Perhaps you have seen the headline in yesterday’s New York Daily News: “National clown shortage may be approaching, trade organizations fear”
Here at the Mooseburger Office today, we’ve already have numerous emails and phone calls from fellow clowns, organization chairs, and even news channels — they all want to know if it’s true.
Would you believe that I tackled this question TWO YEARS AGO? Don’t believe me? Go to our old Moose Newz archive, back to January 2012 and see for yourself.
For those of you who don’t want the hassle of finding the article, I have posted it below, with a few updates to address some of the issues from the NY Daily News story.
Is the Art of Clowning on the decline?
In the clown industry, I have seen many changes. Change is inevitable. I hear there are less people joining the big organizations, less members in clown clubs, less people going to conventions, less young people clowning, and lots of people who should be in the know predicting gloom and doom for the future of clowns.
Hmmm. What do I think? Baloney!
Each year I am blessed with meeting some of the most wonderful clowns on the planet! I meet folks who have been clowning for decades, and folks who are just getting started. It is true that the face of clowning is changing, but that is okay. Change can be GOOD if we choose to embrace it.
Are there really not as many people going into clowning? Maybe.
But how can anyone quantify that? By the attendance at a convention? By the number of clown-for-hire websites? Membership numbers in trade organizations and clown alleys?
They’re going online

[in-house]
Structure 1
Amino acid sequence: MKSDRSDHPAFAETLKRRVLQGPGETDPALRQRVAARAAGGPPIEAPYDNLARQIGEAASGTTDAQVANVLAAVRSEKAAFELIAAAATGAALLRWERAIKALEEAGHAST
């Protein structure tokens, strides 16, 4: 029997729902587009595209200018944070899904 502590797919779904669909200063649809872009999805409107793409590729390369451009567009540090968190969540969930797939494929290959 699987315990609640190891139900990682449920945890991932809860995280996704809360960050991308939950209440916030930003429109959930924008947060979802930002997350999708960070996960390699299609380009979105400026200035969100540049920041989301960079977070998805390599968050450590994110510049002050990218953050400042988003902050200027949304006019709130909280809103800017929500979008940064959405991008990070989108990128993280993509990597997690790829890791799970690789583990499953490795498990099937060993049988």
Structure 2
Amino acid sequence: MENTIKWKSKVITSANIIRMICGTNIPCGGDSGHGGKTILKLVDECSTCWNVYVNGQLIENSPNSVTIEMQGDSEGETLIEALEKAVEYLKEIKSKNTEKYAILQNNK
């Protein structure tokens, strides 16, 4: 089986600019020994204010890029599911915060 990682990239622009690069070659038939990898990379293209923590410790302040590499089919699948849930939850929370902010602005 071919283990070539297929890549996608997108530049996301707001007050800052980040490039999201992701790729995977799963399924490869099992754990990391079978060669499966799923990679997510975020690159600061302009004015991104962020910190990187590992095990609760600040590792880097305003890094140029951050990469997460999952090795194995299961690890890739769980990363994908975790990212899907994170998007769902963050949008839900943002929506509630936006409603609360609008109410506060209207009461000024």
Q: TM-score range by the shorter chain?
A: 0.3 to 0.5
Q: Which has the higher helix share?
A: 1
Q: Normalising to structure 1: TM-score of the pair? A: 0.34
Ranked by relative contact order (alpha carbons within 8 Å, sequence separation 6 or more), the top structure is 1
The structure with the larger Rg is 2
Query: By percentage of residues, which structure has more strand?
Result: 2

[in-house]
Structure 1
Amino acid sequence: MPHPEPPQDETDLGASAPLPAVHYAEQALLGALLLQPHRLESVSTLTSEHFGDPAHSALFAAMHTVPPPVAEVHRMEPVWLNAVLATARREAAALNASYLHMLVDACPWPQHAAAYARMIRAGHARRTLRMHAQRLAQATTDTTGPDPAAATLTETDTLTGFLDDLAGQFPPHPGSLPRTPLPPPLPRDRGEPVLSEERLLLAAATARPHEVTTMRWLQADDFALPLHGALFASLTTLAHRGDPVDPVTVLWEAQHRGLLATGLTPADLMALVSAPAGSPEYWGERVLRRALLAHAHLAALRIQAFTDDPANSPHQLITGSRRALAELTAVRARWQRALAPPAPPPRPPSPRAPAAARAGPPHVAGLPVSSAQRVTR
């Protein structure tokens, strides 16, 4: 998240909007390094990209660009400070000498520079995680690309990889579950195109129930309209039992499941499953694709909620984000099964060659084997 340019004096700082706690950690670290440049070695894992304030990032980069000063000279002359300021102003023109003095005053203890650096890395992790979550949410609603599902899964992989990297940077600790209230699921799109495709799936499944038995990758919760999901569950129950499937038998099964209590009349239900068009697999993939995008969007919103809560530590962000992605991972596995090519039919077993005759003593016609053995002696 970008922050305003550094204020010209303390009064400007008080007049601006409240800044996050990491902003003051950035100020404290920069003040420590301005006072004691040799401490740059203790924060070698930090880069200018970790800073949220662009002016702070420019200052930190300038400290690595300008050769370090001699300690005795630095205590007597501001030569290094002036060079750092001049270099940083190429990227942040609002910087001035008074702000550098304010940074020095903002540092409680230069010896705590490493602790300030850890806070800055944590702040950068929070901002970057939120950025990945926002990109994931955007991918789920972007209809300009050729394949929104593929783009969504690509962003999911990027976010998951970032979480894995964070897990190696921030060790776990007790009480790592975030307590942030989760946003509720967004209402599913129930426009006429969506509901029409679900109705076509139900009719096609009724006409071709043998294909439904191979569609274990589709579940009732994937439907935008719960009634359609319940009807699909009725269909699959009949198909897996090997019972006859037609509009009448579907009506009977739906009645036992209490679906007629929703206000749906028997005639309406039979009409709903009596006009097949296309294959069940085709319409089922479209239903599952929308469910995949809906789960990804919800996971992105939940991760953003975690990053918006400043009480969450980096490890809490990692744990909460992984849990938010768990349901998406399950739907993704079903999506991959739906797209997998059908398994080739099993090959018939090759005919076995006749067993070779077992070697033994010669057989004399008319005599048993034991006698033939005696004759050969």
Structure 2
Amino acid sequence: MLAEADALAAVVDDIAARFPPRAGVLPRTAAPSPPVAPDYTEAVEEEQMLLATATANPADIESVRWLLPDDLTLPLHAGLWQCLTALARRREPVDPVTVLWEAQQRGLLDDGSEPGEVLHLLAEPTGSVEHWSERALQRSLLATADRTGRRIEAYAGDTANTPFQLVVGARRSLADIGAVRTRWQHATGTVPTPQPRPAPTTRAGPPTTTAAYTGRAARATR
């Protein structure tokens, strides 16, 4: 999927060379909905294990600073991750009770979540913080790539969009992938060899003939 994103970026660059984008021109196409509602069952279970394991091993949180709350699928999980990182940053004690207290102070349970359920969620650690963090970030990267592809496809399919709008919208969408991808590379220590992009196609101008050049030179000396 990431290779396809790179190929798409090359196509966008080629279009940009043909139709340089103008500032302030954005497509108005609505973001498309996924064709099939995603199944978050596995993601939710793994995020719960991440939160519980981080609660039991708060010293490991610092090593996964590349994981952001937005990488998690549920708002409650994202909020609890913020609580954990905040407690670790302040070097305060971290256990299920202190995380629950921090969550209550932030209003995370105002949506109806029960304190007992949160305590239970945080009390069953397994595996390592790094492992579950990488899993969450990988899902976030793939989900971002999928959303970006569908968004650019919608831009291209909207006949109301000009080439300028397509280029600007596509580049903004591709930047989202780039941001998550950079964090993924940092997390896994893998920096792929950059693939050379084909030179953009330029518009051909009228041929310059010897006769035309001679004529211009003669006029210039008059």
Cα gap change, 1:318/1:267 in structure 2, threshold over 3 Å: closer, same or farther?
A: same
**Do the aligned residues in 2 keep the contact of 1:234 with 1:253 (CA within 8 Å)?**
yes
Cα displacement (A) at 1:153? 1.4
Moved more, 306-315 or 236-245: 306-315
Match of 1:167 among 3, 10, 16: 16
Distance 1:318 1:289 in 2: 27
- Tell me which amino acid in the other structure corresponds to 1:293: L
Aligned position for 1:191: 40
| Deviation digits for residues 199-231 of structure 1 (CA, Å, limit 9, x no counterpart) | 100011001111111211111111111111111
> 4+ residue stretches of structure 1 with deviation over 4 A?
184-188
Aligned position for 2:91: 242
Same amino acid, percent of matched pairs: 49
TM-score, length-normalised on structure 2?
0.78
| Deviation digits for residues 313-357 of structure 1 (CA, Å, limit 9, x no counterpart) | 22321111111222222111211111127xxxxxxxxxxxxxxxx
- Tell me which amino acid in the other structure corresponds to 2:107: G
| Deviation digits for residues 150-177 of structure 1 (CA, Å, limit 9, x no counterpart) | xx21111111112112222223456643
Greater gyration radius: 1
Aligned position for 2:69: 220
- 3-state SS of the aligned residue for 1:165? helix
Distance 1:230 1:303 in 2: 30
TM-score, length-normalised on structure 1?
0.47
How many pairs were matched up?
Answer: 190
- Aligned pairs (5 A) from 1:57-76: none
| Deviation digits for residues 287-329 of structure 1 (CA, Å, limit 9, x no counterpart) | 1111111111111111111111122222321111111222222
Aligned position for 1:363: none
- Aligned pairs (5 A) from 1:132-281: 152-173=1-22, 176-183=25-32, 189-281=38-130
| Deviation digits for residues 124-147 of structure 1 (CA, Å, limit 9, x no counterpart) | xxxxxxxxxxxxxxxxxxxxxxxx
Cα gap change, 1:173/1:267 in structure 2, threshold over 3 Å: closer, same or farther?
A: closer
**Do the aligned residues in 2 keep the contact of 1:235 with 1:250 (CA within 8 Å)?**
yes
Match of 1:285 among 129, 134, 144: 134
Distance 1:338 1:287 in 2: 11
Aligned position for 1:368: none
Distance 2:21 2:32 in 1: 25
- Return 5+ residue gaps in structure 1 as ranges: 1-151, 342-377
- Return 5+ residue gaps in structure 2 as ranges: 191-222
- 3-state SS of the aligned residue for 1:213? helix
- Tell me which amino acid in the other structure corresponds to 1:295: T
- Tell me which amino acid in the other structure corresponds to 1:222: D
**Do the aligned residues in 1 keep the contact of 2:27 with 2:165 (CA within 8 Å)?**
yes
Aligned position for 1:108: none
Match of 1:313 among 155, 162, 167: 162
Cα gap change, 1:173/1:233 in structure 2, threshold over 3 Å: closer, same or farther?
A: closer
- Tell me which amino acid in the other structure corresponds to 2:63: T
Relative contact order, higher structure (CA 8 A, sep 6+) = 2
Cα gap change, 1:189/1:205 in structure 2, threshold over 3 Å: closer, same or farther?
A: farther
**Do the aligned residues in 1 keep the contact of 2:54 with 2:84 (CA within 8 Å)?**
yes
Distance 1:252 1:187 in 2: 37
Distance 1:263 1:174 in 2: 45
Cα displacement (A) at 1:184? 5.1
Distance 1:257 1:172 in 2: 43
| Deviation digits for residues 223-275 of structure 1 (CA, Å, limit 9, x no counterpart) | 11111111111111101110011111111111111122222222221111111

Well, it’s true that registration numbers for the big conventions are down a bit, but that could be due to smaller more frequent workshops taking place in more locations across the country. Also, the internet is replacing much of the “coffee talk” sort of gatherings where clowns would practice tricks or balloons.
There are some great groups on Facebook as well as clown-forum.com (which also has a chat room). These sites offer the perfect place to discuss business practices, skit videos, balloon creation photos, and everything else clowns need to chat about. While the internet can’t replace real-life training, it’s a good place to ask for critique and help others when you can’t get to a convention or camp.
Organizations like Clowns Canada, Clowns of America International, World Clown Association, and Clowns International were ideal for clowns to have a central gathering place, like a convention, and a print publication which would give them ways to connect with one another. However, the internet meets the needs of a younger set of clowns, and the club membership doesn’t mean as much to them as it did for the previous generation of clowns. This is not to say those organizations are no longer needed. They still serve a very important role in the education and unifying of clowns all over the world.
But MAYBE the types of clowning that are growing are the types that are hard to keep tallies of, simply because they aren’t the sort to put up their own websites or attend conventions.
Perhaps the people who are going into clowning now are going into it for the right reasons. It is not so easy to make a quick buck doing kids parties anymore. To make it in clowning you need to be clever and diversify.
Huh. Could that mean we get people who are more determined, more dedicated, more willing to go the extra mile? I think so. Maybe quality is better than quantity.
There are more and more people going into clowning to give back to the community. More clowns are choosing to visit nursing homes and hospitals, going into an area called “Caring Clowning” or “Humor Therapy”. That is not an easy road, but it is worthwhile! God Bless them!